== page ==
300 series rumors???

Canyonero

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Not sure how we ended up talking about the X7, but I’d venture to say it’s a less compromised vehicle than a 200/300.

200/300 is great for a niche buyer, but that buyer is willing to compromise on a lot of expectations most buyers at the price point have.
 

MoJ

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Not sure how we ended up talking about the X7, but I’d venture to say it’s a less compromised vehicle than a 200/300.

200/300 is great for a niche buyer, but that buyer is willing to compromise on a lot of expectations most buyers at the price point have.
In what areas is the 300 compromised?
 

Canyonero

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In what areas is the 300 compromised?
Not sure, it’s not coming to the states. But based on what I’ve seen it’s the 200 with more power and better tech and lockers in the GR trim.

Compromises vs something like a q7:
-tech. It will likely have the same peasant-grade camera resolution my 2021 Sienna has.
-ride quality. It will drive like a truck because it’s a truck. Not passing judgement, but objectively, that’s a compromise assuming the same use-case as a q7, which is to say, pavement.
-power. Likely still considerably slower than a q7 even with the TT 3.4. Toyo/Lexus is unlikely to offer anything like an “M” variant.
-Overall luxury, features, content. Won’t be close. Interior quality is likely to be similar to the 200, which is not impressive. Cheap plastics that scratch if you look at them.
-fuel range. Smaller tank on the 300 even than the 200, which was too small already.
-off road capability. It’s good out of the box for a 200/300, but not good enough for the price point or other listed compromises, just IMO.

Toyota has engineered the 200/300 for a VERY specific use-case. And IMO nothing competes in the category for which it was designed. *Durability on Unpaved roads, specifically while towing.* This happens to not be the typical use-case in the states and I think that’s why they are not sending them here any longer.

For typical use, and vs something like a Q7, it’s compromised.
 

MoJ

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Money is spent on the drivetrain rather than the interior, and in the USA, most customers of big luxurious SUVs want a solid interior rather than a solid drivetrain. That’s why a Range Rover sells so well, and the 200 series was a sales failure (in the USA)
That’s encouraging, if you’re a cruiser enthusiast anyway. Invest in what gets you home.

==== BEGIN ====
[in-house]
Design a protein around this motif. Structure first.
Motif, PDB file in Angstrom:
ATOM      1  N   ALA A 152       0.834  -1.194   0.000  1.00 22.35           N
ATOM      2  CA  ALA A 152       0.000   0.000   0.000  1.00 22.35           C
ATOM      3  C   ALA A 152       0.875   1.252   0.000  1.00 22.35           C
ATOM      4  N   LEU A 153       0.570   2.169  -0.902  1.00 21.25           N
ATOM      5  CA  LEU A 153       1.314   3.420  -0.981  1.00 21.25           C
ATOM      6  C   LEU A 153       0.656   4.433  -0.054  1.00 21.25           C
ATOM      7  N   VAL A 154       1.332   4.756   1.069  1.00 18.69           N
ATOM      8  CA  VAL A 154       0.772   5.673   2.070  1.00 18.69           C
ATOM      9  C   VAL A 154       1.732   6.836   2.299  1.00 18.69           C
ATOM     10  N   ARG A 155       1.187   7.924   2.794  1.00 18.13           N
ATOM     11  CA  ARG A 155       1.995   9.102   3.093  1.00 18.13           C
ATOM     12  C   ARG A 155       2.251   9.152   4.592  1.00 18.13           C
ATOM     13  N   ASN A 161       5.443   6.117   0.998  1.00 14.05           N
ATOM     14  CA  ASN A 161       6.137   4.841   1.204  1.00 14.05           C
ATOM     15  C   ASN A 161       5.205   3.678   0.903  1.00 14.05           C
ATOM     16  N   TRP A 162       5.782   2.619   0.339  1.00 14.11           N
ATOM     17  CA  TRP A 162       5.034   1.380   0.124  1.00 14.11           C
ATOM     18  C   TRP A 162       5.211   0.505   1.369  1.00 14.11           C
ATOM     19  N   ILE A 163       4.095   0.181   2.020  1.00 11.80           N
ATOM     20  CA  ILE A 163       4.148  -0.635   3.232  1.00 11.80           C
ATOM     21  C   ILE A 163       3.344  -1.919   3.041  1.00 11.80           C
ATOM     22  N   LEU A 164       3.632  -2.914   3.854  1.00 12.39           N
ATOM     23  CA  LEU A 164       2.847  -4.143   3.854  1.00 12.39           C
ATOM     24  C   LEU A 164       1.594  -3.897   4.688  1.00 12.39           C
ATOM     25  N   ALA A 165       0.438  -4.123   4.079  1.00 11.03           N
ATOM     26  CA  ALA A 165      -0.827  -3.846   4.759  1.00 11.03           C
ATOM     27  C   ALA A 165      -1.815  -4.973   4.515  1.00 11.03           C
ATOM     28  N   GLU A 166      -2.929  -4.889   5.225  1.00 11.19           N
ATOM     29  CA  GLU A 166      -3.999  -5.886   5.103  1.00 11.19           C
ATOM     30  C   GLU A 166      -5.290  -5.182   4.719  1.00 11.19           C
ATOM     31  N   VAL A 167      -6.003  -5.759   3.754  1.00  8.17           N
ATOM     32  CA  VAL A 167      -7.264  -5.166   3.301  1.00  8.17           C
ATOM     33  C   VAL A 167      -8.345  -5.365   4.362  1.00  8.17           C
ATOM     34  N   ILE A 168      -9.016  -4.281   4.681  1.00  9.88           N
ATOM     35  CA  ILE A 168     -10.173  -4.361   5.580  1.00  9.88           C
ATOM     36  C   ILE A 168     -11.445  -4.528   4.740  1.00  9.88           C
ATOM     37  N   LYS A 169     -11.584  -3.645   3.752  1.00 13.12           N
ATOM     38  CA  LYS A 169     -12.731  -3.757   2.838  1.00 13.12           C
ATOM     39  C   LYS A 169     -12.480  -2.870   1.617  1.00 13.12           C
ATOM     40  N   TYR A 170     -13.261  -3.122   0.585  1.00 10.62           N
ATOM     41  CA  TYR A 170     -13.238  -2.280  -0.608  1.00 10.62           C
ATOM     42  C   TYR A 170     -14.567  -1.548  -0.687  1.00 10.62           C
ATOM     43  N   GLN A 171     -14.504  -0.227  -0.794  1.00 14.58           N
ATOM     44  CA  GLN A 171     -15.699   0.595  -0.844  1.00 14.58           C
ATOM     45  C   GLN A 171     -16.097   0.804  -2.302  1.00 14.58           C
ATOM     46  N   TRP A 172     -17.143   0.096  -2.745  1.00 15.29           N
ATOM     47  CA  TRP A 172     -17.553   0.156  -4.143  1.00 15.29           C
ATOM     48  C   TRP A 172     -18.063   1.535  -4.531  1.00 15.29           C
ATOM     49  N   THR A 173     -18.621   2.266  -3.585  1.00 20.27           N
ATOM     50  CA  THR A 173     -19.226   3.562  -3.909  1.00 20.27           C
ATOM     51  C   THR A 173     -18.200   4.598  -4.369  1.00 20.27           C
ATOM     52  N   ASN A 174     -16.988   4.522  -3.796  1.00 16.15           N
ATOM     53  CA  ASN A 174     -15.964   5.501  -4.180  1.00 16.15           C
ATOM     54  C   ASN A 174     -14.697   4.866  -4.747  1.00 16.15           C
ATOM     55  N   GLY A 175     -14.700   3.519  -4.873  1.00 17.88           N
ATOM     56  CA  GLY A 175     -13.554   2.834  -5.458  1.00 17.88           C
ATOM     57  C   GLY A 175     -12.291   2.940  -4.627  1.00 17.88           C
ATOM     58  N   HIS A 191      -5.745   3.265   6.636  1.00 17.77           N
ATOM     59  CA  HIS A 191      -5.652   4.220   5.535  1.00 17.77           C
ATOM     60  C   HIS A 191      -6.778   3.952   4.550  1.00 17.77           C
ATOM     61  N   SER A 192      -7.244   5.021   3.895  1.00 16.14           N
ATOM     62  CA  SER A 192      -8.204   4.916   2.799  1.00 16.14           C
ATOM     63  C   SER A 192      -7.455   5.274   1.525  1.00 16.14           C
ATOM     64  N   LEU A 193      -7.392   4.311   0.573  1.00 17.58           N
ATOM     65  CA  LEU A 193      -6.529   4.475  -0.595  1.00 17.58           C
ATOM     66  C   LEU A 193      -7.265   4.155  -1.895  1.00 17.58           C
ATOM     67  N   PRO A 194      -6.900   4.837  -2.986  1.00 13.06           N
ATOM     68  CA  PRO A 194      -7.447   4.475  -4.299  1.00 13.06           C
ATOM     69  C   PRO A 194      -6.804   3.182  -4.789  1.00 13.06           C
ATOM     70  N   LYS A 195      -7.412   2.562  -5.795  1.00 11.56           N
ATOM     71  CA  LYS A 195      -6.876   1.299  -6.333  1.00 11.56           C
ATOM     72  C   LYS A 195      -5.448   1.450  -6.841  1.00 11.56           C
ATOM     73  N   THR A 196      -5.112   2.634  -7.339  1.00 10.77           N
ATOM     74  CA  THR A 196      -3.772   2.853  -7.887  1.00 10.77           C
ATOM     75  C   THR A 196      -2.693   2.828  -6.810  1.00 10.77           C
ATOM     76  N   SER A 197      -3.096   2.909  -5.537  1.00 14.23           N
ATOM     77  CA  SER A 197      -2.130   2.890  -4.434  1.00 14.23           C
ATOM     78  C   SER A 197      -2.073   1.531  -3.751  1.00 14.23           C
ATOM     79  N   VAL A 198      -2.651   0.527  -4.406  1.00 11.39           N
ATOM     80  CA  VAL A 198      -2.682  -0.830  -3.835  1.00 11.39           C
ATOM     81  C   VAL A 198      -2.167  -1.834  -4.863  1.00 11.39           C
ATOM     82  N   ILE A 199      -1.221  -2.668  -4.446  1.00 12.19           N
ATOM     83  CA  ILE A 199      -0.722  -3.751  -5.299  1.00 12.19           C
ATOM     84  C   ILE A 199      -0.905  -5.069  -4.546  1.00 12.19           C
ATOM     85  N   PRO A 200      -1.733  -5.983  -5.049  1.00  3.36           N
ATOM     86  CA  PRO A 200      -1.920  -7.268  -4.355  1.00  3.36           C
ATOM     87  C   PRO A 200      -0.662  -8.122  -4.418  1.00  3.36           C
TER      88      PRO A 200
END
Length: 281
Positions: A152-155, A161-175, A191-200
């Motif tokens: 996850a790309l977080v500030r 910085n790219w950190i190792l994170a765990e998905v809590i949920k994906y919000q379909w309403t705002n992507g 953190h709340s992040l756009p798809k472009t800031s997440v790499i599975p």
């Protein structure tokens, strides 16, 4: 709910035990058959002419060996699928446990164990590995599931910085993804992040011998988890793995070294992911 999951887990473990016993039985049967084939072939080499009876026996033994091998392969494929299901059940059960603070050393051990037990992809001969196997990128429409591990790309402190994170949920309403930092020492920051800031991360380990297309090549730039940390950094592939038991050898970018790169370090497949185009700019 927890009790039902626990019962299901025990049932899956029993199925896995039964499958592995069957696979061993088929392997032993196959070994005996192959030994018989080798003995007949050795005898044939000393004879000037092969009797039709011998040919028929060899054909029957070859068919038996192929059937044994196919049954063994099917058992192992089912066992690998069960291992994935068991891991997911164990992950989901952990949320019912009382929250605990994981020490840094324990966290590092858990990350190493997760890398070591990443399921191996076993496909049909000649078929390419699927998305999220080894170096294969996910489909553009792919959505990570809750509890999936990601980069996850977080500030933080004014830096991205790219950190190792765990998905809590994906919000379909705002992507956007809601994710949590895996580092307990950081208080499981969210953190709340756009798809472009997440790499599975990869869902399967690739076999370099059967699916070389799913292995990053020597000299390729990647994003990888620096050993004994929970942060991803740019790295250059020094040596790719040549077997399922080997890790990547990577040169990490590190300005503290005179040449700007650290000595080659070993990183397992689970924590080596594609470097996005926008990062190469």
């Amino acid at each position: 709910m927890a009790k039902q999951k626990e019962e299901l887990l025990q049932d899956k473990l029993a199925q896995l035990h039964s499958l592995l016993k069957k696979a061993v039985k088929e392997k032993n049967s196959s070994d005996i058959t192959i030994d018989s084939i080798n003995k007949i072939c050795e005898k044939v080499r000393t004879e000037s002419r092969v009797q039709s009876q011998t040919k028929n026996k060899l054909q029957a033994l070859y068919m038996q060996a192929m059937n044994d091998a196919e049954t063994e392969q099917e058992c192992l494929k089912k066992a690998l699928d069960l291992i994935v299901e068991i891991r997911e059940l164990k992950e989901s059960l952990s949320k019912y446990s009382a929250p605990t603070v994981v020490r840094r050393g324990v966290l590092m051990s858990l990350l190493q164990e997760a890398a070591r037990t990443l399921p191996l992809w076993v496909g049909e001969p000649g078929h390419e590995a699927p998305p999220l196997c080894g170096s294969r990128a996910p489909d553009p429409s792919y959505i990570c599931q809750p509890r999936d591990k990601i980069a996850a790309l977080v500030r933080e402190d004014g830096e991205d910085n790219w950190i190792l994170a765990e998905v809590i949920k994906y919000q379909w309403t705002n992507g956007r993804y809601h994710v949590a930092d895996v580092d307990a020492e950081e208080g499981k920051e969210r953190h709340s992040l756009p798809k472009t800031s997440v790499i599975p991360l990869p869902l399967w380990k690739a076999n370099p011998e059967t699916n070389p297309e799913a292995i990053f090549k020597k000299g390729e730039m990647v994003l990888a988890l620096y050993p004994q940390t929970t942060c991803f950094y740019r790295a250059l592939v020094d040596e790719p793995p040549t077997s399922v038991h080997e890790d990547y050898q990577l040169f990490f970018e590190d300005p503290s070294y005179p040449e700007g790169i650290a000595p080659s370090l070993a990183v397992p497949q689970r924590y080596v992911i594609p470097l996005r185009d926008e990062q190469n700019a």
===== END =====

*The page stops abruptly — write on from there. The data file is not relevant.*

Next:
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I just don’t understand why Lexus would take the V8 out of the new LX 600 while putting a V8 in the is500 performance sedan.

hopefully they will keep a V8 option next to the new TTV6 when the US version of the 300 drops.
 
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I just don’t understand why Lexus would take the V8 out of the new LX 600 while putting a V8 in the is500 performance sedan.

hopefully they will keep a V8 option next to the new TTV6 when the US version of the 300 drops.

OR put the TTV6 in the 6th gen T4R with some GR Sport!?
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Canyonero

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Chrysler has come a very long way in quality. As you very well know I am on my second modern Challenger and BOTH vehicles have been of high quality and trouble free.

I'd buy a Ram TRX tomorrow if I had the means.

I'm not kidding.
They have indeed. I did just sell a JLUR (Wrangler Rubicon) after running over 65 trails, including some of the hardest trails out there (Rubicon Trail, Holy Cross in Colorado). It was reliable and capable and despite a lot of scrapes and cosmetic body damage, it sold in one hour at a premium. Multiple buyers were clamoring for it.

The 100/200 guys who ran the Rubicon with me would admit it walked 99% of the trail. The combination of capability, durability and tech on that rig are unmatched elsewhere except maybe the new Bronco (yet to be seen how it holds up to abuse.)

Sometimes I think the Toyota religion causes its adherents to rule out that other vehicles can be as good or even better in many regards.
 
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They have indeed. I did just sell a JLUR (Wrangler Rubicon) after running over 65 trails, including some of the hardest trails out there (Rubicon Trail, Holy Cross in Colorado). It was reliable and capable and despite a lot of scrapes and cosmetic body damage, it sold in one hour at a premium. Multiple buyers were clamoring for it.

The 100/200 guys who ran the Rubicon with me would admit it walked 99% of the trail. The combination of capability, durability and tech on that rig are unmatched elsewhere except maybe the new Bronco (yet to be seen how it holds up to abuse.)

Sometimes I think the Toyota religion causes its adherents to rule out that other vehicles can be as good or even better in many regards.
The 100/200 was never designed to be capable on the “hardest/tightest/rockiest” trails. Ever. It’s an over landing/rough road truck. Not a crawler, as designed and engineered.
 
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